Over 400 amazing fish jade pieces collected by a Taiwanese entrepreneur who has dedicated 50 years of his life to the seafood industry are on display at Chang Yung-Fa Foundation International Convention Center in Taipei, Taiwan, from November 10-25, 2018. These precious works of art are part of the 1,000-plus fish-related jade items collected by Yen Yuanbo (顏元博), founder of Yen & Brothers Enterprise Co., Ltd. over the past 30 years.
Apart from being a successful entrepreneur, Mr. Yen is best known as the man with the largest collection of fish jade in Taiwan. The jade artifacts featuring fish that he has collected cover a time span of over 4,000 years, from the Neolithic to the Contemporary, including the Shang and Zhou dynasties (the peak of fish jade production), the Spring and Autumn and the Warring States periods, Tang, Song, Yuan, Ming, and Qing dynasties.
Please watch the following video of the Commemorative Fish Jade Exhibition (餘裕翫賞玉魚珍藏展) in Taipei, Taiwan.
To celebrate his company’s 50th anniversary, Mr. Yen held the Commemorative Fish Jade Exhibition (餘裕翫賞玉魚珍藏展) to share his rich collection with those who love jade artifacts and to allow more people to appreciate the beauty of Chinese fish jade culture.
The Commemorative Fish Jade Exhibition is the first of its kind in the world. The artifacts on exhibit include a wide variety of fish-shaped jade pendants (魚形玉佩), fish-shaped jade ornaments (魚形佩飾), jade belt buckles with fish carvings (魚形玉扣帶), fish-shaped scented jade containers (魚形香囊), jade inkwells with fish carvings (玉魚水盛), and jade decorative items with fish carvings (玉魚擺件). All of them are exquisite and invaluable.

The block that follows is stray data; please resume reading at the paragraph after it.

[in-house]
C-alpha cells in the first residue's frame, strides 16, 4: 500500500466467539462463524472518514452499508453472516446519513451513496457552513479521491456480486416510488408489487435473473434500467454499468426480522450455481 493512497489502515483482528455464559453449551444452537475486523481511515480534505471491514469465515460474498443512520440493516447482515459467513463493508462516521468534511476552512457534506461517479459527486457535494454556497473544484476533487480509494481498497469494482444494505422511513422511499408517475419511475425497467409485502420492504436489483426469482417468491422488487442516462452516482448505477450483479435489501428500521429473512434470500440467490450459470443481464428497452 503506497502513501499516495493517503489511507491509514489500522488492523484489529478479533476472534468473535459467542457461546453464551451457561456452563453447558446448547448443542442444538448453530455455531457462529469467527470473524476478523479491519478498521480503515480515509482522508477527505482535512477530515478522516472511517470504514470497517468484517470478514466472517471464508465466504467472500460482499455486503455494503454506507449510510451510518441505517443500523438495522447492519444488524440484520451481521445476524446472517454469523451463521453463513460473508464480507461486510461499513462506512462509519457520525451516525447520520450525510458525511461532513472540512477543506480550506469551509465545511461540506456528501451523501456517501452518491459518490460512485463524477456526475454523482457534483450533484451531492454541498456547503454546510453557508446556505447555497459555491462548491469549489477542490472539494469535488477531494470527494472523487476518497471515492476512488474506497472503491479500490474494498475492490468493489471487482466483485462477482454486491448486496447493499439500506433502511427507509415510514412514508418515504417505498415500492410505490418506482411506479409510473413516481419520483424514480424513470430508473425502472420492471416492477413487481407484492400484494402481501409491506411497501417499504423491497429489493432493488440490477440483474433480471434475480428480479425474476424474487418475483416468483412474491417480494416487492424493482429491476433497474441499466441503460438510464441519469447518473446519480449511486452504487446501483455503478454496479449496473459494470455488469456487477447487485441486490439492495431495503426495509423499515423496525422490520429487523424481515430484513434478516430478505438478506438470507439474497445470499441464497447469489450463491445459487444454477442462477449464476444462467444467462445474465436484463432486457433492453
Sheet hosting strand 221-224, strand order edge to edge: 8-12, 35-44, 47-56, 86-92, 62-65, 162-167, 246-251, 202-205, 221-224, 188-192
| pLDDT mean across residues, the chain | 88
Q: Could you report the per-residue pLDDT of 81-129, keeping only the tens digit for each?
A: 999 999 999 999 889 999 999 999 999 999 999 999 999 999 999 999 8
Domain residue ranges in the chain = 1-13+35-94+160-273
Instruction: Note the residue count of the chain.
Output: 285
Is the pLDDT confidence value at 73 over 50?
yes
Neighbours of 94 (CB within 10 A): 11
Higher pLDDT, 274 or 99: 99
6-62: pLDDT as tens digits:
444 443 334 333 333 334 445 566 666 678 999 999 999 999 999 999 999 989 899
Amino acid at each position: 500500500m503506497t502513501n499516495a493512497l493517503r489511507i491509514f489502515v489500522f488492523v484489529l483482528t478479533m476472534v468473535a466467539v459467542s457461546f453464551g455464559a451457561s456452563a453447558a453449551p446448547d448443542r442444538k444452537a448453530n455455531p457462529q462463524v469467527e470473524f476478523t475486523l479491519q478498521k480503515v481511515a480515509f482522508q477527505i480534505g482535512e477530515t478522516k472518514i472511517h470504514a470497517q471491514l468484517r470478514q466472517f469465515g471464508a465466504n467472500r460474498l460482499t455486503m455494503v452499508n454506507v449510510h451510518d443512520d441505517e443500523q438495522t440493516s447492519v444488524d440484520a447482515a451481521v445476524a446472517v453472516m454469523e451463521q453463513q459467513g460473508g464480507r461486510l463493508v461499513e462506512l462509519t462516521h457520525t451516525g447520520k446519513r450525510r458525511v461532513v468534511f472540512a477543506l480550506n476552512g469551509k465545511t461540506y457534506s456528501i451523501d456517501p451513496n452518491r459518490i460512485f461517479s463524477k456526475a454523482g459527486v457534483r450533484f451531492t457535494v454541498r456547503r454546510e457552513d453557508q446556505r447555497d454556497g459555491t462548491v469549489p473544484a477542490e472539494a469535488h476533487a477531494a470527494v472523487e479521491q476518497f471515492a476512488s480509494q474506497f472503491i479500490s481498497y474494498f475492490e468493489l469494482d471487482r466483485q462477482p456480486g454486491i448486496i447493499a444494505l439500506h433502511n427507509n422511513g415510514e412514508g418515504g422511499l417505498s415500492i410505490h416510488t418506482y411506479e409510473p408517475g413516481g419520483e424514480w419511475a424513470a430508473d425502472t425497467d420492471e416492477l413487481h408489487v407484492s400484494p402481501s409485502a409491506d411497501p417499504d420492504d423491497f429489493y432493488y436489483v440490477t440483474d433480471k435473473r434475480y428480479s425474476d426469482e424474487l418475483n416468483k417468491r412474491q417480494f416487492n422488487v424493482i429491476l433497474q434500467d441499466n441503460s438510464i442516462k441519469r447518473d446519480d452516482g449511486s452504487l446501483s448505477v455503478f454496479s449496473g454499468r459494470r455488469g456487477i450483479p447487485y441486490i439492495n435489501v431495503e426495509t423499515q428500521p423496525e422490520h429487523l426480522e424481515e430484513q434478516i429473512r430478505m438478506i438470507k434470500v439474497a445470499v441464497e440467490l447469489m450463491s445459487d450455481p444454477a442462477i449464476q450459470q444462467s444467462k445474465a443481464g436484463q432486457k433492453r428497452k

The highlights of the exhibition are a fish-shaped jade ornament from the Neolithic Period (7500 B.C.), a jade pendant with the carvings of dual fish munching waterweeds (雙魚銜瑞草玉佩飾), symbolizing eternal harmony in marriage (百年好合), a human face-fish body jade ornament (人面魚身玉佩飾), signifying having a flourishing population (人丁興旺) from the Song Dynasty (A.D. 907-1279), and a jade inkwell with the carvings of three carps munching water weeds (金魚銜瑞草白玉水盛), which stands for growing and multiplying without end (生生不息), from the Ming and Qing dynasties (A.D. 1368-1911).
There are many other interesting pieces, such as a fish jade bodkin (魚形玉觿) and a three-fish jade ring (玉參魚環瑗) from the Shang and Zhou dynasties (1600-1771 B.C.), a dragon head-fish body jade ornament (龍首魚身玉佩飾), an ichthyosaur jade ornament (魚龍變玉佩飾), and a lotus-fish jade ornament (蓮花玉魚玉佩飾) from the Spring and Autumn and the Warring States periods (770 B.C.-A.D. 907), just to name a few.
As fish is a common dish for Chinese families and jade is a popular artifact in Chinese society, thus, the combination of fish and jade has significant meaning for Chinese people.
Fish jade is always full of meaningful connotations. For example, jade with the carvings of carp leaping over the Dragon Gate symbolizes people’s achieving success and winning recognition (魚躍龍門), and jade with the carvings of fish and coins (玉雕琢魚駝銅錢) portrays abundant wealth. Therefore, fish jade reflects the history, culture, and everyday life of the Chinese people from ancient times to the present.